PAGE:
# [jmm-dev] DRF theorem for event structures model of relaxed memory

Doug Lea dl at cs.oswego.edu
Fri Mar 28 13:07:57 UTC 2014

```On 03/26/2014 01:41 PM, Alan Jeffrey wrote:
> Another update on where we are with modeling relaxed memory...

A couple of questions about decoding it ...

>
>  From Winskel, a prime event structure with labels Sigma is a quadruple
> (E,<=,#,l) where:
>
> * E is a set of events
> * <= is a partial order
> * # is a down-closed symmetric binary relation
> * l is a function from E to Sigma
>
> We will write e in HB(d) for e < d and e in HA(d) for e > d.
>
> An event structure is pointed when E has a least element init.
>
> New here, a memory model alphabet is a set Sigma together with:
>
> * An element initialize of Sigma
> * A subset Sync of Sigma

("Sync" is not used below? I can guess intent, but it would
be more comforting to know.)

> * Binary relations RWJ subseteq RWC on Sigma such that
> * RWC is transitive
> * For any a, (initialize,a) in RWC
>
> [The idea is that RWJ is the "read-write justification" relation, for example (R
> x=v, W x=v) in RWJ, and RWC is the "read-write conflict" relation, for example
> (R x=v, W x=w) in RWC.]
>
>  From RWC we can define WWC and DC (data conflict):
>
>    (a,b) in WWC whenever there exists (c,a) in RWC and (c,b) in RWC
>    (a,b) in DC whenever (a,b) in RWC or (b,a) in RWC or (a,b) in WWC
>
> A memory model event structure is a pointed event structure whose labels form a
> memory model alphabet, such that l(init) = initialize.
>
> For any MMES, we can lift RWJ, RWC, WWC and DC from Sigma to E, for example:
>
>    (d,e) in RWJ whenever (d,e) not in # and (l(d),l(e)) in RWJ
>
> Define past-time LTL over E* as per usual, in particular (writing <= on strings
> for prefix order):

Is there a good tutorial reference on the "per usual" techniques?

>
>    epsilon in wkprev(phi) always
>    se in wkprev(phi) whenever s in phi

My reading was that this ("weak previous"?) allows binary relations
to apply to the first event, by giving it an artificial empty predecessor?
But I'm not so sure because I can't decode its use in "Relaxed" below.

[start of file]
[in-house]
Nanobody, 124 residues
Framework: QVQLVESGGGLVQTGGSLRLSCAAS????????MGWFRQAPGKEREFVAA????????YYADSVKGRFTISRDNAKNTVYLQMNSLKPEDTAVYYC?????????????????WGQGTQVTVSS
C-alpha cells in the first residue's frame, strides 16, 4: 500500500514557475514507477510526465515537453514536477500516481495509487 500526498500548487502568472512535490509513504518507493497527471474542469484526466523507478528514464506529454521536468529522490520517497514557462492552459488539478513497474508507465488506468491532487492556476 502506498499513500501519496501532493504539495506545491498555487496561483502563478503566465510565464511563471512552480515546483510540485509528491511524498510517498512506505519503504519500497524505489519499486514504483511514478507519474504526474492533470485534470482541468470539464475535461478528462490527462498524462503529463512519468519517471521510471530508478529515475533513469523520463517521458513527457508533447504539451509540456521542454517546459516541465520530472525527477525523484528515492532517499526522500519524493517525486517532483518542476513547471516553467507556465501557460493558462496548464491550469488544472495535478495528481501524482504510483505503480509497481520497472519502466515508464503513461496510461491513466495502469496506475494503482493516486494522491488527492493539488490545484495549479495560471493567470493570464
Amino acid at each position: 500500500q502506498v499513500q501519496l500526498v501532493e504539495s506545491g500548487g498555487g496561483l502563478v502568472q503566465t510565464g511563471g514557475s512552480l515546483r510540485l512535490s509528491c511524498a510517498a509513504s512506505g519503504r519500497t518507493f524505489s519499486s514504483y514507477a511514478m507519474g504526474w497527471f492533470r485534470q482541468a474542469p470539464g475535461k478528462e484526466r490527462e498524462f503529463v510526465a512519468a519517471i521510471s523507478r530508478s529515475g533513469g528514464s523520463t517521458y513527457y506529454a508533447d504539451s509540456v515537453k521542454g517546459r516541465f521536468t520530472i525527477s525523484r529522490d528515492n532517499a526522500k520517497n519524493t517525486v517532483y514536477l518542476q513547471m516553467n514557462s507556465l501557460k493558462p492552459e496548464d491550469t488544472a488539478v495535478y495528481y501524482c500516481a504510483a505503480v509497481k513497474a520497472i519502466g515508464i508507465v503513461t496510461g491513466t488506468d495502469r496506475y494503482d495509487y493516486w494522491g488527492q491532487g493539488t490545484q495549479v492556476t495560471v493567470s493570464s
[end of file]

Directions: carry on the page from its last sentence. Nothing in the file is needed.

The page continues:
>
>    s in always phi whenever for all t <= s we have t in phi
>
>    s in eventually phi whenever there exists t <= s s.t. t in phi
>
>    s in phi since psi whenever there exists u <= s s.t. u in psi
>      and for all u < t <= s we have t in phi
>
> and one extra modality (writing <~ for non-contiguous substring order):
>
>    s in extended(phi) whenever there exists t ~> s s.t. t in phi
>
> For example, propositional LTL is enough to define being a configuration of an
> ES (as per Winskel though on sequences rather than sets):
>
>    HBClosed = forall e . forall d < e . (e => eventually(d))
>
>    ConflictFree = forall e . (e => always(not(#(e))))
>
>    RepeatFree = forall e . (e => always(not(e)))
>
>    Configuration = HBClosed and ConflictFree and RepeatFree
>
> and the memory model:
>
>    DRF = always (forall e . e => always(DC(e) => HB(e)))
>
>    Sequential = always (forall e . exists d in RWJ(e) .
>      e => wkprev(not RWC(e) since d)
>
>    SConfiguration = Configuration and Sequential
>
>    Relaxed = always (forall e . exists d in RWJ(e) .
>      e => wkprev(not (HB(e) and HA(d) and RWC(e)) since d)
>
>    RConfiguration = Configuration and
>      extended (HBClosed and RepeatFree and Relaxed)
>
> The idea is that a configuration is an rconfiguration (that is, allowed by the
> relaxed memory model) when it can be embedded in a <-closed, repeat-free (but
> *not* conflict-free) sequence of actions such that every event has a visible
> read-write justifier.) For example the program:
>
>
> has event structure with order:
>
>    init <= (R x=1) <= (W y=1)
>    init <= (R x=0) <= (W y=0)
>    init <= (R y=1) <= (W x=1)
>    init <= (R y=0) <= (W x=1)
>
> and conflict relation generated by:
>
>    (R x=1) # (R x=0)
>    (R y=1) # (R y=0)
>
> The configuration:
>
>    (init) (R y=1) (W x=1) (R x=1) (W x=1)
>
> is an rconfiguration because it can be embedded in:
>
>    (init) (R x=0) (W x=1) (R y=1) (W x=1) (R x=1) (W x=1)
>
> which is relaxed (but note, not conflict-free as it contains (R x=0) as well as
> (R x=1)).
>
> The model doesn't admit the canonical OOTA execution, since the program:
>
>
> has event structure with order:
>
>    init <= (R x=1) <= (W y=1)
>    init <= (R x=0) <= (W y=0)
>    init <= (R y=1) <= (W x=1)
>    init <= (R y=0) <= (W x=0)
>
> and conflict relation generated by:
>
>    (R x=1) # (R x=0)
>    (R y=1) # (R y=0)
>
> but there is no extension of the configuration:
>
>    (init) (R y=1) (W x=1) (R x=1) (W x=1)
>
> which makes it an rconfiguration, for example the candidate:
>
>    (init) (R x=0) (W x=0) (R y=1) (W x=1) (R x=1) (W x=1)
>
> has an unjustified (R y=1) event.
>
> To state the DRF theorem, we need one more thing which is the concept of a
> "read-write-enabled" event structure. Informally the idea is that if a program
> can perform (R x=1) then it can also perform (R x=0). Formalizing this, we
> define an equivalence class ~ on events such that if (d ~ e) then:
>
>    (c,d) in RWC iff (c,e) in RWC
>    (d,c) in RWC iff (e,c) in RWC
>    (c,d) in HB  iff (c,e) in HB
>    either d=e or d#e
>    if d#c then either e<=c or e#c
>    if e#c then either d<=c or d#c
>
> The read-write-enabled events are the ones
>
>    (d,e) in RWE iff there exists c~d s.t. (c,e) in RWJ
>
> For example (R x=1, W x=0) in RWE whenever we can find (R x=0)~(R x=1) such that
> (R x=0, W x=0) in RWJ. The additional requirement it then that every